Mother Daughter Book Reviews is pleased to be taking part in the Balthazar Fabuloso Blog Tour taking place April 18th to May 1, 2016. “Balthazar Fabuloso in the Lair of the Humbugs” by I.J. Brindle will be available May 1, 2016, so order your copy now!
About the Book
Title: Balthazar Fabuloso in the Lair of the Humbugs | Author: I.J. Brindle | Illustrator: Sholto Walker | Publication Date: April 26, 2016 | Publisher: Holiday House | Pages: 240 | Recommended Ages: 8 to 12
Summary: Balthazar Fabuloso’s lovable and eccentric family performs a magic show. What makes the act so unusual is that all the Fabulosos actually have superhuman powers, except for Balthazar, a practical-minded 11-year-old who simply aspires to be a normal kid. So when everyone but Balthazar disappears mid performance, the only Fabuloso without real magical skills must save the family. Balthazar wonders if the family’s archrivals, the Furious Fistulas, are to blame or if there are other, even darker forces at work. To free his loved ones Balthazar must work with some questionable characters, including a lunatic long-lost uncle, three enigmatic senior citizens and the loathsome Pagan Fistula, whose family also mysteriously goes missing.
At the center of these disappearances is a force so evil that the world’s most preeminent magicians cower before it. What hope could a ragtag crew of misfits have against it?
Interview With the Author, I.J. Brindle
I.J. Brindle is an author and screenwriter. She has also produced internet games for Disney, written and directed theater in New York and Montreal, clerked in a bookstore, waited tables, and had a bunch of other adventures along the road. She is the mother of two wild monkey children and the companion of a dog named Moose. This is her first novel.
I.J. was kind enough to answer some questions for us today, so without further ado, here she is!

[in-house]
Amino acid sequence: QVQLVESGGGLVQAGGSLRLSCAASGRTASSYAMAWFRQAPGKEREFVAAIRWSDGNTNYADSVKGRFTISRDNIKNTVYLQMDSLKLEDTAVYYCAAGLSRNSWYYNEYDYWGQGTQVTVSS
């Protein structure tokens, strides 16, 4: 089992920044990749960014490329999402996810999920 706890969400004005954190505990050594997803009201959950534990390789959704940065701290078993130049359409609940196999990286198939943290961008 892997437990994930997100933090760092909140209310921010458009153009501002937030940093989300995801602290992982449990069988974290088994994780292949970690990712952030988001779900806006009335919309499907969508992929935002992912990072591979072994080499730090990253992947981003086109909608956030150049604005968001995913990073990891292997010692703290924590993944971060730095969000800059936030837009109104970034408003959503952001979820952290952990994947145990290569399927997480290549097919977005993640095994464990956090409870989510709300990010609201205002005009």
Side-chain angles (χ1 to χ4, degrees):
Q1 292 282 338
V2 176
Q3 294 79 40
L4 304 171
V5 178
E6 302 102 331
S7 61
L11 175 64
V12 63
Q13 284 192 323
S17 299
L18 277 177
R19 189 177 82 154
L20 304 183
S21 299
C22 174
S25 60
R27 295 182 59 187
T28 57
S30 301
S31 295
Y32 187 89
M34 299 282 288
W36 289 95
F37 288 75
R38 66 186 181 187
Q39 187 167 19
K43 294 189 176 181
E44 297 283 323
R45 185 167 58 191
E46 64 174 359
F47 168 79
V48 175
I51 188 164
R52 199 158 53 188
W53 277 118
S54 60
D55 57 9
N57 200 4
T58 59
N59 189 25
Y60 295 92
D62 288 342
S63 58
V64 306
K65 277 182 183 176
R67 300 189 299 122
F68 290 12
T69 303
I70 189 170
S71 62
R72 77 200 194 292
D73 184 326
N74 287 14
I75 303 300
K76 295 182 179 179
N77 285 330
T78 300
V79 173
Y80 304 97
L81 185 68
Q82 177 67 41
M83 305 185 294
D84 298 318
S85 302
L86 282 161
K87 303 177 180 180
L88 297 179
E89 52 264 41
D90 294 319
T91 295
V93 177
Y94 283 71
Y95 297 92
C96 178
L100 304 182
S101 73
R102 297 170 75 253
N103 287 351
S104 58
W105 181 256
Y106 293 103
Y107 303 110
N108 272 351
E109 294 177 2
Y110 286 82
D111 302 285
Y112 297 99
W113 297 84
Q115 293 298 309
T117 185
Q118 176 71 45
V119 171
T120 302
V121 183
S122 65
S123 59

About the Book
As succinctly as possible, tell us why someone should read your book.
It’s super funny, a great adventure and has magic.
Where did you draw your inspiration from for your characters?
I was inspired to write Balthazar by all the over-achieving, super-talented people in my life whom I love dearly but can sometimes intimidate the heck out of me. I wanted to create a character who knows what it feels like to be normal in a world where it seems like everyone is supposed to be more than that. The artistic side of Pagan was inspired by my multi-talented sister who was born doodling in sketchbooks. The demented side of Pagan is all me.
What is YOUR favorite part of the book?
When Balthazar gets into a scrape with a group of muscle-headed bullies in a public bathroom. This is also the first scene where Balthazar’s weird, borderline insane uncle, Ignatius, shows up and he always makes everything more fun. I also really enjoy Pagan’s journal entries. She’s complicated and scrappy and is really trying to figure out her messed up life.
What is the main message you want to convey to your readers in your books?